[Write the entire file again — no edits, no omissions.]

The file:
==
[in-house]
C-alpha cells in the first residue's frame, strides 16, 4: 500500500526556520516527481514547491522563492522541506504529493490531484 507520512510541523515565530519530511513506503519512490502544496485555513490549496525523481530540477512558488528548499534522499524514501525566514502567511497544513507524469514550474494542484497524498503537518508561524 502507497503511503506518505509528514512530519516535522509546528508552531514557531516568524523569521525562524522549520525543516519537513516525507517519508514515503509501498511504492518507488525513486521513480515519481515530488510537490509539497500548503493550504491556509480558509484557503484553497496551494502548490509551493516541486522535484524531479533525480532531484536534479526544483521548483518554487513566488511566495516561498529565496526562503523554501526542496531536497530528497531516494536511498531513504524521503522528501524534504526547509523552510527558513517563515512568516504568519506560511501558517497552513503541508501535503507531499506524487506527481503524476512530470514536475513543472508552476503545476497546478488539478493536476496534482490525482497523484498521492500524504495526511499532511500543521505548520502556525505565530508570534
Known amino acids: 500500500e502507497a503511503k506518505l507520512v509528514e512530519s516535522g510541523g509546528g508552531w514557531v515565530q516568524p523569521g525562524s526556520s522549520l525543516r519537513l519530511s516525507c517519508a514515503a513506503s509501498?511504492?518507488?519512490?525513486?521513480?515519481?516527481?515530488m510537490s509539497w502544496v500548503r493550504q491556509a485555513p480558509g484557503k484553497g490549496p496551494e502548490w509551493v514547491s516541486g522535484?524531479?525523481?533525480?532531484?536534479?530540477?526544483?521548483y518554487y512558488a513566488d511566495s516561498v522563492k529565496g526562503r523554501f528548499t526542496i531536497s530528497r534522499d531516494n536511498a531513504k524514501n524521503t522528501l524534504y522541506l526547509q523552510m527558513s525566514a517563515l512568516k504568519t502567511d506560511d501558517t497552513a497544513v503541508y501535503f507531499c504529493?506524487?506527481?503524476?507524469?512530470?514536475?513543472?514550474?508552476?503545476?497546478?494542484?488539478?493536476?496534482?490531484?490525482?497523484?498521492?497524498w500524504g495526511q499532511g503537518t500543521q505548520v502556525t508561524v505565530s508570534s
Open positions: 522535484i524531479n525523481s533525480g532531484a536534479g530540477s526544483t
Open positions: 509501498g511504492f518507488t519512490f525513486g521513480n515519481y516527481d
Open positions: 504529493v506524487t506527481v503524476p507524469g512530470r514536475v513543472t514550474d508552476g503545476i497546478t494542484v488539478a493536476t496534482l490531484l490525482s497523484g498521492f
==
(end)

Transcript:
[in-house]
C-alpha cells in the first residue's frame, strides 16, 4: 500500500526556520516527481514547491522563492522541506504529493490531484 507520512510541523515565530519530511513506503519512490502544496485555513490549496525523481530540477512558488528548499534522499524514501525566514502567511497544513507524469514550474494542484497524498503537518508561524 502507497503511503506518505509528514512530519516535522509546528508552531514557531516568524523569521525562524522549520525543516519537513516525507517519508514515503509501498511504492518507488525513486521513480515519481515530488510537490509539497500548503493550504491556509480558509484557503484553497496551494502548490509551493516541486522535484524531479533525480532531484536534479526544483521548483518554487513566488511566495516561498529565496526562503523554501526542496531536497530528497531516494536511498531513504524521503522528501524534504526547509523552510527558513517563515512568516504568519506560511501558517497552513503541508501535503507531499506524487506527481503524476512530470514536475513543472508552476503545476497546478488539478493536476496534482490525482497523484498521492500524504495526511499532511500543521505548520502556525505565530508570534
Known amino acids: 500500500e502507497a503511503k506518505l507520512v509528514e512530519s516535522g510541523g509546528g508552531w514557531v515565530q516568524p523569521g525562524s526556520s522549520l525543516r519537513l519530511s516525507c517519508a514515503a513506503s509501498?511504492?518507488?519512490?525513486?521513480?515519481?516527481?515530488m510537490s509539497w502544496v500548503r493550504q491556509a485555513p480558509g484557503k484553497g490549496p496551494e502548490w509551493v514547491s516541486g522535484?524531479?525523481?533525480?532531484?536534479?530540477?526544483?521548483y518554487y512558488a513566488d511566495s516561498v522563492k529565496g526562503r523554501f528548499t526542496i531536497s530528497r534522499d531516494n536511498a531513504k524514501n524521503t522528501l524534504y522541506l526547509q523552510m527558513s525566514a517563515l512568516k504568519t502567511d506560511d501558517t497552513a497544513v503541508y501535503f507531499c504529493?506524487?506527481?503524476?507524469?512530470?514536475?513543472?514550474?508552476?503545476?497546478?494542484?488539478?493536476?496534482?490531484?490525482?497523484?498521492?497524498w500524504g495526511q499532511g503537518t500543521q505548520v502556525t508561524v505565530s508570534s
Open positions: 522535484i524531479n525523481s533525480g532531484a536534479g530540477s526544483t
Open positions: 509501498g511504492f518507488t519512490f525513486g521513480n515519481y516527481d
Open positions: 504529493v506524487t506527481v503524476p507524469g512530470r514536475v513543472t514550474d508552476g503545476i497546478t494542484v488539478a493536476t496534482l490531484l490525482s497523484g498521492f